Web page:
Figure 1

Distribution of cancer types diagnosed during pregnancy (N=1732, August 2018). Data retrieved from the cancer in pregnancy registry (August, 2018) by the International Network on Cancer, Infertility, and Pregnancy.

Diagnosis of cancer during pregnancy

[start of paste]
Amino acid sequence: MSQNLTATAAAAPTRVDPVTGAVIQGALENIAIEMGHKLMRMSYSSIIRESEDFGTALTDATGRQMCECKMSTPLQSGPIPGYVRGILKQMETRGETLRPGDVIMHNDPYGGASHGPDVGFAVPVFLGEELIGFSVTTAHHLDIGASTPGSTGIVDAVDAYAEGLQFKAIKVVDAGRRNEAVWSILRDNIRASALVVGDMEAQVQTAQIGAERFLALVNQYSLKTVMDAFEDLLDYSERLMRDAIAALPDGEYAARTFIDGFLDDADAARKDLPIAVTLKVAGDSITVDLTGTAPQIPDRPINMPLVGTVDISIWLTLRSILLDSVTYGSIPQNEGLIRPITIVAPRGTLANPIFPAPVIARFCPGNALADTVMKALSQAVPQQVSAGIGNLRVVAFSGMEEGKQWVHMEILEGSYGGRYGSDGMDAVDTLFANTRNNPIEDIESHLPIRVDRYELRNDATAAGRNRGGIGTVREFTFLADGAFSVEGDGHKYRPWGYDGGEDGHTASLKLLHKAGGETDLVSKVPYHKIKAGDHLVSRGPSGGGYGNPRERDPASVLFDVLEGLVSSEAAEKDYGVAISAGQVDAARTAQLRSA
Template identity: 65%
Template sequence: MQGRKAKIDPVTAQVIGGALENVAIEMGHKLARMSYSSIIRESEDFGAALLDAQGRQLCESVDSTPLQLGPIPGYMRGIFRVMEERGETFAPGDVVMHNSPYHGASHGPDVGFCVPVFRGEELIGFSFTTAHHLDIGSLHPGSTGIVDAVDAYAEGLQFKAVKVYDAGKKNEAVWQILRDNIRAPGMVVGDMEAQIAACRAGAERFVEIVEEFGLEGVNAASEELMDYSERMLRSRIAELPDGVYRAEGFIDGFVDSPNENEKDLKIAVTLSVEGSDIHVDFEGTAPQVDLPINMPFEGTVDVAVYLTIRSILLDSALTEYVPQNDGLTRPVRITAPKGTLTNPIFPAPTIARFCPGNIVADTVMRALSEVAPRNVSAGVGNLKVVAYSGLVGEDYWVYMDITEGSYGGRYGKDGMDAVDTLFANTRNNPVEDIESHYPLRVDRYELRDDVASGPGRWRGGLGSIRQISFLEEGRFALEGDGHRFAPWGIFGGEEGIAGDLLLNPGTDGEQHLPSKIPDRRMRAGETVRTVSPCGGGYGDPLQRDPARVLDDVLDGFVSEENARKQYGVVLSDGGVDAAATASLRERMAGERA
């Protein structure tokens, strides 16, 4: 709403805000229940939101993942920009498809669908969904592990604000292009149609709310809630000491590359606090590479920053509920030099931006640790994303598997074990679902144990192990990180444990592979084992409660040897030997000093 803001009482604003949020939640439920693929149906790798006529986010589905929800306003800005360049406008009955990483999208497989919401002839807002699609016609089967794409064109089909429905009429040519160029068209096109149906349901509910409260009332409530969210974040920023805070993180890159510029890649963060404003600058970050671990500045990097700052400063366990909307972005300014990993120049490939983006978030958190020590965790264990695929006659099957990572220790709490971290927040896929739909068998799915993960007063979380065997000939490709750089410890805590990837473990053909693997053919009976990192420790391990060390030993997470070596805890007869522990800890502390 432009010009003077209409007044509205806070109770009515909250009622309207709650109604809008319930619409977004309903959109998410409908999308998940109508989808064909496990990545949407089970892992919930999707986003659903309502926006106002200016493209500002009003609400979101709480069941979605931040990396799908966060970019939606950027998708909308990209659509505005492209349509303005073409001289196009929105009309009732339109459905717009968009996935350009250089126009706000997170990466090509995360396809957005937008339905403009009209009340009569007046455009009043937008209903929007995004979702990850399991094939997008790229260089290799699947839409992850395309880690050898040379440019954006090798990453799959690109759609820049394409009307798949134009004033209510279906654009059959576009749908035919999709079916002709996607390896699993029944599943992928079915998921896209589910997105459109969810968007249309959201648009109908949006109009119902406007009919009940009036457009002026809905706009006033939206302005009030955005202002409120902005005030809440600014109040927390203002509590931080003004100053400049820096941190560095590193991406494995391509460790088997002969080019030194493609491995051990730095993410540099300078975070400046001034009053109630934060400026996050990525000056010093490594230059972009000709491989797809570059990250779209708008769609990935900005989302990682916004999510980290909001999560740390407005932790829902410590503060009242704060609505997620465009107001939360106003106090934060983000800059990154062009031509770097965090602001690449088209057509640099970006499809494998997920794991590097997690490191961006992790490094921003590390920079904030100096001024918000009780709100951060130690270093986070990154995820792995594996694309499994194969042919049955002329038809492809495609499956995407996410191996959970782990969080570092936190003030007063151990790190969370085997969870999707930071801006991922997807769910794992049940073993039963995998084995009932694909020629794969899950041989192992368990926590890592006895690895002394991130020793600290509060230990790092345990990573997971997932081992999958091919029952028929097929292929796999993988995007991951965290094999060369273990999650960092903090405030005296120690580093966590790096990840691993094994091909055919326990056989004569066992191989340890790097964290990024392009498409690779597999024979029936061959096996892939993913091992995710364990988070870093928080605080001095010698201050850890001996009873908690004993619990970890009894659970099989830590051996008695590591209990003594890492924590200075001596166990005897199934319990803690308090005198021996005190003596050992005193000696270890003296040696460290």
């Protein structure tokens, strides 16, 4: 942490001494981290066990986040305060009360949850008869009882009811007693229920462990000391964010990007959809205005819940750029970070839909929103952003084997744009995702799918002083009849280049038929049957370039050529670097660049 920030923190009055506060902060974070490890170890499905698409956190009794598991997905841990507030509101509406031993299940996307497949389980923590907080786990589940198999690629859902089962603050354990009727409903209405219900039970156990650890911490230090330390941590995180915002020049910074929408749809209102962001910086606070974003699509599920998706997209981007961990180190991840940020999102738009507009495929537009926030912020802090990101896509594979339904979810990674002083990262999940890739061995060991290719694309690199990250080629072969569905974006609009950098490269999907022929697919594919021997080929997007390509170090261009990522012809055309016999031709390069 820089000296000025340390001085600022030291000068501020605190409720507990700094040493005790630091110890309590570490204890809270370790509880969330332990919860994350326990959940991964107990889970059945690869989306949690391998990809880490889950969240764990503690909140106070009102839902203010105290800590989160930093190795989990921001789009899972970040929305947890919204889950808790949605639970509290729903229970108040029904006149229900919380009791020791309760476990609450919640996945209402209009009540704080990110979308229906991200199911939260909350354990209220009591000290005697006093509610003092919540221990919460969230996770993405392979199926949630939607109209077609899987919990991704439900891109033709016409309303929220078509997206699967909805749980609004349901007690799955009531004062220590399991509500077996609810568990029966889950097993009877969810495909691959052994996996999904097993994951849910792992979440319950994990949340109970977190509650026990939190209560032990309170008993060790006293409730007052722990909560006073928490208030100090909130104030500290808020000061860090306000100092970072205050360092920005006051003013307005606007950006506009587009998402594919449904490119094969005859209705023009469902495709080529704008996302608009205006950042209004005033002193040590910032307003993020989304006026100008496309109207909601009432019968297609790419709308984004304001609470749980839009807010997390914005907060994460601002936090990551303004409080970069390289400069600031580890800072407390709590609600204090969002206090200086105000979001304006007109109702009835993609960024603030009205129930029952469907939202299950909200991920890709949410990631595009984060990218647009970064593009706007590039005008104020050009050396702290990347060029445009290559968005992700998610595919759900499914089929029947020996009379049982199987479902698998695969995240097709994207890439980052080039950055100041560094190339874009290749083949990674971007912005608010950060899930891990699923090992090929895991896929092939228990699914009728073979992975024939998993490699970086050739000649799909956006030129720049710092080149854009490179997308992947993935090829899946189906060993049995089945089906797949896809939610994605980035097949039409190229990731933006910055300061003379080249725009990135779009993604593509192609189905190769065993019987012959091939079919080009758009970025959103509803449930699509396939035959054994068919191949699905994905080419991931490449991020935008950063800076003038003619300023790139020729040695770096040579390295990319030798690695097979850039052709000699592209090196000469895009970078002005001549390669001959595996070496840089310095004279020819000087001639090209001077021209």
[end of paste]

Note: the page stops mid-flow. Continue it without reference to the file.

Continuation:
Pregnancy-induced physiological changes may challenge the diagnosis of several cancers. It is estimated that a pregnant patient has a 2.5-fold higher risk of being diagnosed with locally advanced breast cancer than a non-pregnant patient, as physiological changes of the breast during pregnancy may delay diagnosis.16 A systematic physical examination and a low threshold for further investigations is crucial for an early diagnosis. The most optimal imaging is required to decide on further treatment and follow-up of the patient. When deciding on radiographic imaging in pregnancy, one should consider that only those examinations that will influence the management should be performed and caution is warranted since the (accumulated) fetal radiation exposure must not exceed 100 mGy and ideally, should be <50 mGy.17 Therefore, MRI and ultrasound are the preferred staging examinations during pregnancy. Diffusion-weighted MRI of the whole body is validated for the staging of cancer during all trimesters of pregnancy.18 Ultrasound can be performed safely during pregnancy. In breast cancer a mammography (restricted to one medio-lateral oblique record of both breasts and with abdominal protection in the second half of pregnancy) is advised. The sentinel-node procedure is considered to be sufficiently safe during pregnancy as the estimated average fetal radiation dose is 0.45 mGy. The injected dose of technetium-99m labeled colloid should be as low as possible and a 1-day protocol is preferred. Blue dye, which is sometimes injected before surgery to facilitate the detection of the sentinel node, is not advised as this may cause an anaphylactic reaction. Contrast products have to be used with caution in imaging. MRI of the breasts during pregnancy is not the preferred method, as gadolinium is contraindicated. Fetal gadolinium exposure is associated with rheumatologic, inflammatory, or infiltrative skin conditions, stillbirth, and neonatal death.19 Iodinated contrast may cause neonatal thyroid dysfunction. If it is used during pregnancy, the thyroid function of the neonate has to be controlled within 1 week after birth.